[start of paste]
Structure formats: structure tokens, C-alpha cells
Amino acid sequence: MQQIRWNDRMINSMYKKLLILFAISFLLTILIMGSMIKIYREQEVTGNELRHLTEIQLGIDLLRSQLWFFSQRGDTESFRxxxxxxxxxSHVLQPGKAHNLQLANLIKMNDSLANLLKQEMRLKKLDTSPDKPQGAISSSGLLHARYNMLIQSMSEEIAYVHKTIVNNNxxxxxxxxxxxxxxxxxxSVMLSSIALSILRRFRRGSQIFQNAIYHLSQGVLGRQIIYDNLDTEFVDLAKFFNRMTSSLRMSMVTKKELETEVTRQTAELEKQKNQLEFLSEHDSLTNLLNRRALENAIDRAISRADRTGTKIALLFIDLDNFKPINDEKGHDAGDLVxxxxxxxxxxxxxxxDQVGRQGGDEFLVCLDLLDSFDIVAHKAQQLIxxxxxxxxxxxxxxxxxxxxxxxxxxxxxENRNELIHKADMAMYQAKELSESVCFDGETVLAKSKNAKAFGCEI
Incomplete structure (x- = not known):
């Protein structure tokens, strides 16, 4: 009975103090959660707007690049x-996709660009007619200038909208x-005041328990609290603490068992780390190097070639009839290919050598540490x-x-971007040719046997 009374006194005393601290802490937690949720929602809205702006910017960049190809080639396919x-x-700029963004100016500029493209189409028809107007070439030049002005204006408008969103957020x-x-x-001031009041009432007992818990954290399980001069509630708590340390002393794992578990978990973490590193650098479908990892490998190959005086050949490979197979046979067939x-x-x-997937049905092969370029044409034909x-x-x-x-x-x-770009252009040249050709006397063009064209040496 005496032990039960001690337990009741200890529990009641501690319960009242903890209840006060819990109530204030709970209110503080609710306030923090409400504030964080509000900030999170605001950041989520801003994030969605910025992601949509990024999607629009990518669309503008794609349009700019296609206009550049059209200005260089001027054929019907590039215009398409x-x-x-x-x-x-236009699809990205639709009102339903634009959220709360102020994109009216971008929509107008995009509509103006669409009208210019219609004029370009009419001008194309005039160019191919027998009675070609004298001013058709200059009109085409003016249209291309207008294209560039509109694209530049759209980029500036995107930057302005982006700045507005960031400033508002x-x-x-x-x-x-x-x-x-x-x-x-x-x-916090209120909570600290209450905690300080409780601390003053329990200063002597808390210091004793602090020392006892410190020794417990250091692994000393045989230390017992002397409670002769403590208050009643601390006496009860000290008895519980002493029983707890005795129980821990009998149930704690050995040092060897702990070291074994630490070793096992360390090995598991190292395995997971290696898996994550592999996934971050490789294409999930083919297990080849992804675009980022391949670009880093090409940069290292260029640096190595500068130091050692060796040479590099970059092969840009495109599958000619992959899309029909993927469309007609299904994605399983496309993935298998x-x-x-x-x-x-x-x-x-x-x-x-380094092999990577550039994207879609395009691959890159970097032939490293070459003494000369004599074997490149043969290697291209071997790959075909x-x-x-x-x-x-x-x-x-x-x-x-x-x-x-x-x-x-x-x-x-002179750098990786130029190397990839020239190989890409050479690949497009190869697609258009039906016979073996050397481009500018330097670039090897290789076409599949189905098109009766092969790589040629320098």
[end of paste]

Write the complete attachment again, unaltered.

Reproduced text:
Structure formats: structure tokens, C-alpha cells
Amino acid sequence: MQQIRWNDRMINSMYKKLLILFAISFLLTILIMGSMIKIYREQEVTGNELRHLTEIQLGIDLLRSQLWFFSQRGDTESFRxxxxxxxxxSHVLQPGKAHNLQLANLIKMNDSLANLLKQEMRLKKLDTSPDKPQGAISSSGLLHARYNMLIQSMSEEIAYVHKTIVNNNxxxxxxxxxxxxxxxxxxSVMLSSIALSILRRFRRGSQIFQNAIYHLSQGVLGRQIIYDNLDTEFVDLAKFFNRMTSSLRMSMVTKKELETEVTRQTAELEKQKNQLEFLSEHDSLTNLLNRRALENAIDRAISRADRTGTKIALLFIDLDNFKPINDEKGHDAGDLVxxxxxxxxxxxxxxxDQVGRQGGDEFLVCLDLLDSFDIVAHKAQQLIxxxxxxxxxxxxxxxxxxxxxxxxxxxxxENRNELIHKADMAMYQAKELSESVCFDGETVLAKSKNAKAFGCEI
Incomplete structure (x- = not known):
């Protein structure tokens, strides 16, 4: 009975103090959660707007690049x-996709660009007619200038909208x-005041328990609290603490068992780390190097070639009839290919050598540490x-x-971007040719046997 009374006194005393601290802490937690949720929602809205702006910017960049190809080639396919x-x-700029963004100016500029493209189409028809107007070439030049002005204006408008969103957020x-x-x-001031009041009432007992818990954290399980001069509630708590340390002393794992578990978990973490590193650098479908990892490998190959005086050949490979197979046979067939x-x-x-997937049905092969370029044409034909x-x-x-x-x-x-770009252009040249050709006397063009064209040496 005496032990039960001690337990009741200890529990009641501690319960009242903890209840006060819990109530204030709970209110503080609710306030923090409400504030964080509000900030999170605001950041989520801003994030969605910025992601949509990024999607629009990518669309503008794609349009700019296609206009550049059209200005260089001027054929019907590039215009398409x-x-x-x-x-x-236009699809990205639709009102339903634009959220709360102020994109009216971008929509107008995009509509103006669409009208210019219609004029370009009419001008194309005039160019191919027998009675070609004298001013058709200059009109085409003016249209291309207008294209560039509109694209530049759209980029500036995107930057302005982006700045507005960031400033508002x-x-x-x-x-x-x-x-x-x-x-x-x-x-916090209120909570600290209450905690300080409780601390003053329990200063002597808390210091004793602090020392006892410190020794417990250091692994000393045989230390017992002397409670002769403590208050009643601390006496009860000290008895519980002493029983707890005795129980821990009998149930704690050995040092060897702990070291074994630490070793096992360390090995598991190292395995997971290696898996994550592999996934971050490789294409999930083919297990080849992804675009980022391949670009880093090409940069290292260029640096190595500068130091050692060796040479590099970059092969840009495109599958000619992959899309029909993927469309007609299904994605399983496309993935298998x-x-x-x-x-x-x-x-x-x-x-x-380094092999990577550039994207879609395009691959890159970097032939490293070459003494000369004599074997490149043969290697291209071997790959075909x-x-x-x-x-x-x-x-x-x-x-x-x-x-x-x-x-x-x-x-x-002179750098990786130029190397990839020239190989890409050479690949497009190869697609258009039906016979073996050397481009500018330097670039090897290789076409599949189905098109009766092969790589040629320098």